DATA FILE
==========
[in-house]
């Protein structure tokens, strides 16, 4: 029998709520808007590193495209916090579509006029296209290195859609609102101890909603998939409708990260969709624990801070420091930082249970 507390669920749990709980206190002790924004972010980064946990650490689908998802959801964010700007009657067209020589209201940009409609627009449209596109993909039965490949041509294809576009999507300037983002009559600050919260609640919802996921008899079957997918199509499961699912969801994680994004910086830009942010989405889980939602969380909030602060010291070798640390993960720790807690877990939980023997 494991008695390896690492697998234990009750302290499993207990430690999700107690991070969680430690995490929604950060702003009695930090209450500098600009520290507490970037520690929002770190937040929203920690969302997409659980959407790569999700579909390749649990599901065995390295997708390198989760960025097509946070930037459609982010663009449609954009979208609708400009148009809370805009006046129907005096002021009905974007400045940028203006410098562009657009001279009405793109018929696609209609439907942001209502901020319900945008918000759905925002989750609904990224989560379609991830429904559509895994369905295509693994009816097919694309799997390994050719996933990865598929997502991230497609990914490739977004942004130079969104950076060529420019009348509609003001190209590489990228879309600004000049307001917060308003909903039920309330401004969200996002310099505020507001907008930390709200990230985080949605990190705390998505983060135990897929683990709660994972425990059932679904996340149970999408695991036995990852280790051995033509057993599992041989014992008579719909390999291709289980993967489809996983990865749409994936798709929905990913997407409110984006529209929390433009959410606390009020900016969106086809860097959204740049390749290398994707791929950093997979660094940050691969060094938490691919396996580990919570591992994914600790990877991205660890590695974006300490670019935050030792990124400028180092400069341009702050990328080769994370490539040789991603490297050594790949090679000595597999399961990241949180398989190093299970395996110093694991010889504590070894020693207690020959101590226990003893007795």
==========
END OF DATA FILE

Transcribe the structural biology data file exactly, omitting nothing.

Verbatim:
[in-house]
């Protein structure tokens, strides 16, 4: 029998709520808007590193495209916090579509006029296209290195859609609102101890909603998939409708990260969709624990801070420091930082249970 507390669920749990709980206190002790924004972010980064946990650490689908998802959801964010700007009657067209020589209201940009409609627009449209596109993909039965490949041509294809576009999507300037983002009559600050919260609640919802996921008899079957997918199509499961699912969801994680994004910086830009942010989405889980939602969380909030602060010291070798640390993960720790807690877990939980023997 494991008695390896690492697998234990009750302290499993207990430690999700107690991070969680430690995490929604950060702003009695930090209450500098600009520290507490970037520690929002770190937040929203920690969302997409659980959407790569999700579909390749649990599901065995390295997708390198989760960025097509946070930037459609982010663009449609954009979208609708400009148009809370805009006046129907005096002021009905974007400045940028203006410098562009657009001279009405793109018929696609209609439907942001209502901020319900945008918000759905925002989750609904990224989560379609991830429904559509895994369905295509693994009816097919694309799997390994050719996933990865598929997502991230497609990914490739977004942004130079969104950076060529420019009348509609003001190209590489990228879309600004000049307001917060308003909903039920309330401004969200996002310099505020507001907008930390709200990230985080949605990190705390998505983060135990897929683990709660994972425990059932679904996340149970999408695991036995990852280790051995033509057993599992041989014992008579719909390999291709289980993967489809996983990865749409994936798709929905990913997407409110984006529209929390433009959410606390009020900016969106086809860097959204740049390749290398994707791929950093997979660094940050691969060094938490691919396996580990919570591992994914600790990877991205660890590695974006300490670019935050030792990124400028180092400069341009702050990328080769994370490539040789991603490297050594790949090679000595597999399961990241949180398989190093299970395996110093694991010889504590070894020693207690020959101590226990003893007795």